Moreover, hydroelectric power is a clean and renewable energy source. It generates electricity by harnessing the kinetic energy of flowing water, producing minimal environmental impact. This makes it an environmentally sustainable option, contributing to efforts to reduce greenhouse gas emissions and combat climate change. This also leads to reduced environmental disruption compared to constructing entirely new dams and power plants. It avoids the ecological consequences of creating new reservoirs and impoundments, preserving local ecosystems and habitats.

In an endeavor to harness cleaner energy, CSDA member Concrete Coring Company of Central Kentucky was contracted to transform Kentucky River Lock and Dam #13 into a new, cleaner energy hydropower station. This project not only requires precision but also innovative methods using diamond tooling to ensure structural integrity while accommodating the new hydro-energy infrastructure.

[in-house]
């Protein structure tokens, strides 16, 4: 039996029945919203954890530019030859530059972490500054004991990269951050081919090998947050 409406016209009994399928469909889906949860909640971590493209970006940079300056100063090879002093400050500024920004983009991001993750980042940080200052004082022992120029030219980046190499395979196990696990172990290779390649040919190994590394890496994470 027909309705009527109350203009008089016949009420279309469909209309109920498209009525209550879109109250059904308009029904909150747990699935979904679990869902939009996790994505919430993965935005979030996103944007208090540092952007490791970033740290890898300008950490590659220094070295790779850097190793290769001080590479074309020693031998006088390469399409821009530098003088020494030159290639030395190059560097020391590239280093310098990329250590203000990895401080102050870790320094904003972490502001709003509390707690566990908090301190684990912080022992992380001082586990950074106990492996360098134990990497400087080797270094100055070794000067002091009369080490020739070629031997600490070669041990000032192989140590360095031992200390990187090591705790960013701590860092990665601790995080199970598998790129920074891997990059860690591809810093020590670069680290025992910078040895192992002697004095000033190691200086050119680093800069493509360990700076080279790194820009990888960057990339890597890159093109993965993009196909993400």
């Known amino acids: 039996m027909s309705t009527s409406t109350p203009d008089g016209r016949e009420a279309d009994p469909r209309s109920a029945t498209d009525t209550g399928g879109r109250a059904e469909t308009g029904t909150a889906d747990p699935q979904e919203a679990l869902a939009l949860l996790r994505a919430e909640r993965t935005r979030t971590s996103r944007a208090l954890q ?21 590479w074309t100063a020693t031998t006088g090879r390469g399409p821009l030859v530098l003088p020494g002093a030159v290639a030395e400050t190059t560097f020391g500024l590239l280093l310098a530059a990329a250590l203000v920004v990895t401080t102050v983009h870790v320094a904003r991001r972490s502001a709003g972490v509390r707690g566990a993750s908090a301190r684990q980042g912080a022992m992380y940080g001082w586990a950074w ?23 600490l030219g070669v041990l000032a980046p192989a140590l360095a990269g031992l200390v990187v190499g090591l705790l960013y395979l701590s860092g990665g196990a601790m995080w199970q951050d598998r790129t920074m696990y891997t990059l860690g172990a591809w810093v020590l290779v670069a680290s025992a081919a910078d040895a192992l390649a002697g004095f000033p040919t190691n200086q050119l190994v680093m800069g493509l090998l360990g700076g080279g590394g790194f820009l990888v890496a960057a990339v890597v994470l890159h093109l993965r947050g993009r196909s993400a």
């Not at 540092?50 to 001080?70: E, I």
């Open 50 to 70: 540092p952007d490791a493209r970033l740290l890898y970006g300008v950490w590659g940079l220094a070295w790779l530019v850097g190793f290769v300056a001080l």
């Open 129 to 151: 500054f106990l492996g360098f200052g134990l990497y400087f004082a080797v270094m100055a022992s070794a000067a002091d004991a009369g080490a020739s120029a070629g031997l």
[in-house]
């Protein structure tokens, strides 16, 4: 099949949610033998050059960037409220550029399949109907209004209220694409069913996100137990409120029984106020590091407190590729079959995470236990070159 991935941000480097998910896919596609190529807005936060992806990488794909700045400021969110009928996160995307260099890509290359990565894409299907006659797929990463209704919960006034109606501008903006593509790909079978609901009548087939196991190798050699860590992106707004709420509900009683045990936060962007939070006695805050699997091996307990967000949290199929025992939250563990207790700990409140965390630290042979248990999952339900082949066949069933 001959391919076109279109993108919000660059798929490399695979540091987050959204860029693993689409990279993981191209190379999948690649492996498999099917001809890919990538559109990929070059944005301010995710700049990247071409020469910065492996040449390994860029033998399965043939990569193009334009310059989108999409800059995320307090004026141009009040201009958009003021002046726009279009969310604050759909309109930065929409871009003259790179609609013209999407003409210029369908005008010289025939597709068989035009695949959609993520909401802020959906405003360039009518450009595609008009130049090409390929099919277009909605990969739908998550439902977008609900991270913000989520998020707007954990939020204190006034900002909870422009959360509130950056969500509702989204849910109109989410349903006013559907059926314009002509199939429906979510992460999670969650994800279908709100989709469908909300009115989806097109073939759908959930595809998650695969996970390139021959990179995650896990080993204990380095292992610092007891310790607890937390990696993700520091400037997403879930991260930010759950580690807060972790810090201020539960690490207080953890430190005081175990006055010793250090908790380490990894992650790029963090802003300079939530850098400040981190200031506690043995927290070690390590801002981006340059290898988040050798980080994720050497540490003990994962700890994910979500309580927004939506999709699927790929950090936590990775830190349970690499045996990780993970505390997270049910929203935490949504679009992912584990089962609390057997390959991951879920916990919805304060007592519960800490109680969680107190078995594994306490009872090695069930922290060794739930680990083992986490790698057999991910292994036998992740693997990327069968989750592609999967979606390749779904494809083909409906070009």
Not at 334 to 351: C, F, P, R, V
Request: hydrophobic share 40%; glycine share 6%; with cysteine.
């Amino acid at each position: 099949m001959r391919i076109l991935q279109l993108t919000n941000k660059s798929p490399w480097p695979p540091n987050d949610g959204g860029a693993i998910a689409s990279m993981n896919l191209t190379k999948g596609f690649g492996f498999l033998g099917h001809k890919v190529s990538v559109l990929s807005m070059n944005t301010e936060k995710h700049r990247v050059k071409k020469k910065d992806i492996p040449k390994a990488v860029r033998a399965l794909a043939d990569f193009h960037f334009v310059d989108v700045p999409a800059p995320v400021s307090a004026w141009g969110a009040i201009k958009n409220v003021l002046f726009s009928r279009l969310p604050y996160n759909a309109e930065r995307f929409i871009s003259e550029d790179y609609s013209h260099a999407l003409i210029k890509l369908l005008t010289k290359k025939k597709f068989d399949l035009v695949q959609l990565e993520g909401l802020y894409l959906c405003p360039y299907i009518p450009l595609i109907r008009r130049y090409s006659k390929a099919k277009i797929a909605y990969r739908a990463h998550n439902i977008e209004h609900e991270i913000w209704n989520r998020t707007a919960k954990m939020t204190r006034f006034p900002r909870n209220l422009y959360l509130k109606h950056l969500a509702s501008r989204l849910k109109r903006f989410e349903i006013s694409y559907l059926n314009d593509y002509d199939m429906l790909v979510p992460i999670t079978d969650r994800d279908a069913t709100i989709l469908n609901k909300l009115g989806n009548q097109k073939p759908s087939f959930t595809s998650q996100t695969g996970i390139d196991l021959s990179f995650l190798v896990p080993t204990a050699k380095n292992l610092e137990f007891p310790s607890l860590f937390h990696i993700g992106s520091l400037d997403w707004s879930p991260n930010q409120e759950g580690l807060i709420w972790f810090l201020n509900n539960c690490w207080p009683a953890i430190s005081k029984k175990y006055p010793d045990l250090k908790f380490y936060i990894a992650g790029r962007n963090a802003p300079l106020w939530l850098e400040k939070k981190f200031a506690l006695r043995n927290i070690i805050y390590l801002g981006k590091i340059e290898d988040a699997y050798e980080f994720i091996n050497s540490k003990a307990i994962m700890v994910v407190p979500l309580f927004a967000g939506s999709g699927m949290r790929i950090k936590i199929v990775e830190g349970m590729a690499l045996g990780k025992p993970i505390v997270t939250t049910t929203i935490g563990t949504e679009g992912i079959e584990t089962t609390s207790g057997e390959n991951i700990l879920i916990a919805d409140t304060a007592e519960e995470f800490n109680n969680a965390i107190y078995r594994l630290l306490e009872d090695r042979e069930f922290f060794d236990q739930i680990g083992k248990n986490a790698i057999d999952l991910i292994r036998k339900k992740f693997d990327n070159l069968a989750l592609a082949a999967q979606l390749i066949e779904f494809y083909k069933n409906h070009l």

For the installation of the hydropower equipment and to safeguard the lock and dam’s framework, selective demolition was determined to be the best method for this transformation. The methods employed were chosen as they stood out as the only viable options for this unique undertaking. The hydropower equipment required a flawless fit, leaving no room for compromise. Any alternative approach would have entailed a reengineering of the entire lock structure from the ground up.